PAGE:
Sunday 27 April 2014

Movie Review: Jerry Maguire (1996)

A story about love and the search for life's true meaning set in the cutthroat world of pro-sports, Jerry Maguire shines thanks to one of Tom Cruise's best performances and a terrific script from director Cameron Crowe.

High profile sports agent Jerry Maguire (Cruise) works for Sports Management International and represents many pro sports superstars. He is also engaged to be married to the ultra-competitive and brutally honest Avery Bishop (Kelly Preston). Feeling ill at ease with the artificiality of the business and physically ill after consuming bad pizza, in one night Maguire writes, publishes and distributes a sweaty "mission statement" advocating fewer clients per agent and more personal service. He is promptly fired, and is able to retain just one client: egotistical football star Rod Tidwell (Cuba Gooding, Jr.). Nerdy accountant and single mom Dorothy Boyd (Renée Zellweger) is the only other SMI employee to believe enough in Maguire to quit her job and join his fledgling new business. In contrast, Avery labels him a loser and they break up.

Jerry tries to re-establish his reputation but is rebuffed in his attempts to find clients. His relationship with Rod evolves towards a thorny friendship, while Jerry and Dorothy start to fall in love, despite the protestations of Dorothy's sister Laurel (Bonnie Hunt). But while Dorothy is looking for a long-term father figure for her young son Ray (Jonathan Lipnicki), Jerry admits that he knows little about genuine long-term commitments. Meanwhile Rod wants a new big contract, but his negative attitude and constant complaining don't help his cause. Jerry realizes that he will need to confront what it really means to have fewer clients and provide more personal attention, in both his professional and private lives.

Cameron Crowe's sterling script is a rich, character-driven exploration of values, filled with clever insights, metaphors and warm humour. Jerry's quest to find his place in life is an unintentional journey, launched in the haze of a feverish night, and destined to end only when Jerry strips and rebuilds his soul not on paper but in real life.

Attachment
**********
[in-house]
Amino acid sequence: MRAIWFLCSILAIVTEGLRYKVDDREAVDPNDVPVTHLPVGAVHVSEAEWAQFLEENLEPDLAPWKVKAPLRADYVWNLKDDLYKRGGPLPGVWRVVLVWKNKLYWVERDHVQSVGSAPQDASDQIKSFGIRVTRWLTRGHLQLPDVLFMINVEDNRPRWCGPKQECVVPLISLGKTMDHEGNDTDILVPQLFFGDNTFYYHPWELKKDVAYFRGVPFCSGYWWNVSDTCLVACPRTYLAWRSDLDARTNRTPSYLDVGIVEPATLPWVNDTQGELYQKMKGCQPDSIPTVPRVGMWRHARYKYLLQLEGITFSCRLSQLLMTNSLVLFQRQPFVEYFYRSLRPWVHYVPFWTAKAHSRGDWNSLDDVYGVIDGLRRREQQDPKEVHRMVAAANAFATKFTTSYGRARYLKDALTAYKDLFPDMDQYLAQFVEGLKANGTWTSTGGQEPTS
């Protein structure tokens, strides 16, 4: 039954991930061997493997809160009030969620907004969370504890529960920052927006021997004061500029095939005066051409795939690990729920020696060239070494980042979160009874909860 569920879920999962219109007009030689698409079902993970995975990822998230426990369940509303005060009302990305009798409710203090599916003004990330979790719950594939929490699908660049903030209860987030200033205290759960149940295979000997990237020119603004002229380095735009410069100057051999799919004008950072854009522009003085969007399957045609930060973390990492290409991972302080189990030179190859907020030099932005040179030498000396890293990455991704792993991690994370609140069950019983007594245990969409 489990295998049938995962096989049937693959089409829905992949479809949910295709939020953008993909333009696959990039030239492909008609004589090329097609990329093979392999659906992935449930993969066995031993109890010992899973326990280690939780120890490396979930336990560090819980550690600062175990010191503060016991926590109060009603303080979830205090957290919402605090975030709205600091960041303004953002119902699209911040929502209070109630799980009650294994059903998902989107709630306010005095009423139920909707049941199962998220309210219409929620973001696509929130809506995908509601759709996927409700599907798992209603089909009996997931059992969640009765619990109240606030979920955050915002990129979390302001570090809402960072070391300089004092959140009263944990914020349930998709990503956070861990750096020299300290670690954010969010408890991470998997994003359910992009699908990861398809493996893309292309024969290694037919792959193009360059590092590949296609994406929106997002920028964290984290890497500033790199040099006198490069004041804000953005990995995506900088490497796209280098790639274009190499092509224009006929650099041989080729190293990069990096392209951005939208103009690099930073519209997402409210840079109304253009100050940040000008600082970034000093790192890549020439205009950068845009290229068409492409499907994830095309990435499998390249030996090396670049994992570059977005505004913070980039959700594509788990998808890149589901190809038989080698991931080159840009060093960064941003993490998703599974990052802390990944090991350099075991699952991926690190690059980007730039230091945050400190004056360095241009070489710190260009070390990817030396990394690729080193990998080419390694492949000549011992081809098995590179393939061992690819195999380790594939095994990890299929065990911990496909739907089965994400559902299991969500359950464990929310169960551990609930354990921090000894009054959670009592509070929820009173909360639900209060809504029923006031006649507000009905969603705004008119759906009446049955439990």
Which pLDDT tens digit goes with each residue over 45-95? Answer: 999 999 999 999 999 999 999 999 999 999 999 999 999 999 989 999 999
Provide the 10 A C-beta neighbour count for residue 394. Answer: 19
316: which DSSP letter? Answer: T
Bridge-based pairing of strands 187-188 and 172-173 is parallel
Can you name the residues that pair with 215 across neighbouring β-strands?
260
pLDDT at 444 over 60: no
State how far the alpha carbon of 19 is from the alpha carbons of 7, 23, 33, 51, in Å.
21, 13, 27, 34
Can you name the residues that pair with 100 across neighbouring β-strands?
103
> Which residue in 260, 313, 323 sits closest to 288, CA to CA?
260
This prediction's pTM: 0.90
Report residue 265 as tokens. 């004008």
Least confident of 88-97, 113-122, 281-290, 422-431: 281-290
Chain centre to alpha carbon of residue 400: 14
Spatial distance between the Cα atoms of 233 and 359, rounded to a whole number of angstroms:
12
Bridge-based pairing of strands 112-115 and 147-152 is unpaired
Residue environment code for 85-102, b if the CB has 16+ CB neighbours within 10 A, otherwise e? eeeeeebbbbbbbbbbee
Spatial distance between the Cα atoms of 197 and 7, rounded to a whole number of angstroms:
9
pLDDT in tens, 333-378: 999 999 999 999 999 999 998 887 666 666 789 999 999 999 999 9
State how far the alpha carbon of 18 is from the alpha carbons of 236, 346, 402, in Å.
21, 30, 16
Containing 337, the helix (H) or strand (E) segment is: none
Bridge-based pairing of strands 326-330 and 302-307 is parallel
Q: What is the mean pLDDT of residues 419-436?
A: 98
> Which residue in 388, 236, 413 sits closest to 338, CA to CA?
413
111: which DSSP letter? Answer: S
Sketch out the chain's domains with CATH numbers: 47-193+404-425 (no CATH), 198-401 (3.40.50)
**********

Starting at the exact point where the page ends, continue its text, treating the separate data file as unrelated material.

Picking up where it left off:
His story is a perfect mix of drama, sports and romance, Crowe finding the magic ingredients to create two compelling relationships in Jerry's turbulent life. The friendship between Jerry and Rod is the more complex bond, the affection and trust between the two men emerging slowly after a turbulent, money-driven start. The fledgling romance between Jerry and Dorothy is the avenue for Jerry to come to terms with what he has to offer in his personal life, where slick promises, firm handshakes, marketing spin and shiny smiles are not nearly enough.

Tom Cruise has rarely been better, his portrayal of Jerry a dedicated performance, filled with human foibles and never settling for easy moments. Jerry's initial jaunty self-confidence perfectly fits Cruise's persona, but the the subsequent difficult self-awareness journey takes Cruise to new levels of subtlety and raw exposure, while always remaining real.

Renée Zellweger and Cuba Gooding, Jr. are both excellent as the other two points in Jerry's life triangle. This was Zellweger's breakthrough role, and she gives Dorothy a deep well of passion covered by the dowdiness of a drained single mother. And Crowe finds two extraordinary and heartfelt lines for his lovers in one conversation, Jerry's You complete me and Dorothy's You had me at hello the simplest and most complete expressions of two souls finding each other.

Gooding, Jr. is perfect as an egotistical football star channelling his energy in all the wrong directions and wondering where the big payday is. His signature line Show me the money! is another of the film's enduring legacies.

But Cameron is not satisfied with three strong characters, and he builds a dense ecosystem around them. Dorothy gets advice from her sister Laurel (a sensitive Bonnie Hunt), and she in turn surrounds herself with a squawky support group of divorced women, experts at talking and hopeless at listening. Rod's family includes bossy wife Marcee (Regina King), an out-of-control young son, and extended relatives all fully invested in Rod's financial success.

Jerry Maguire is part competitive sports business, part lessons in bonding, and all heart.

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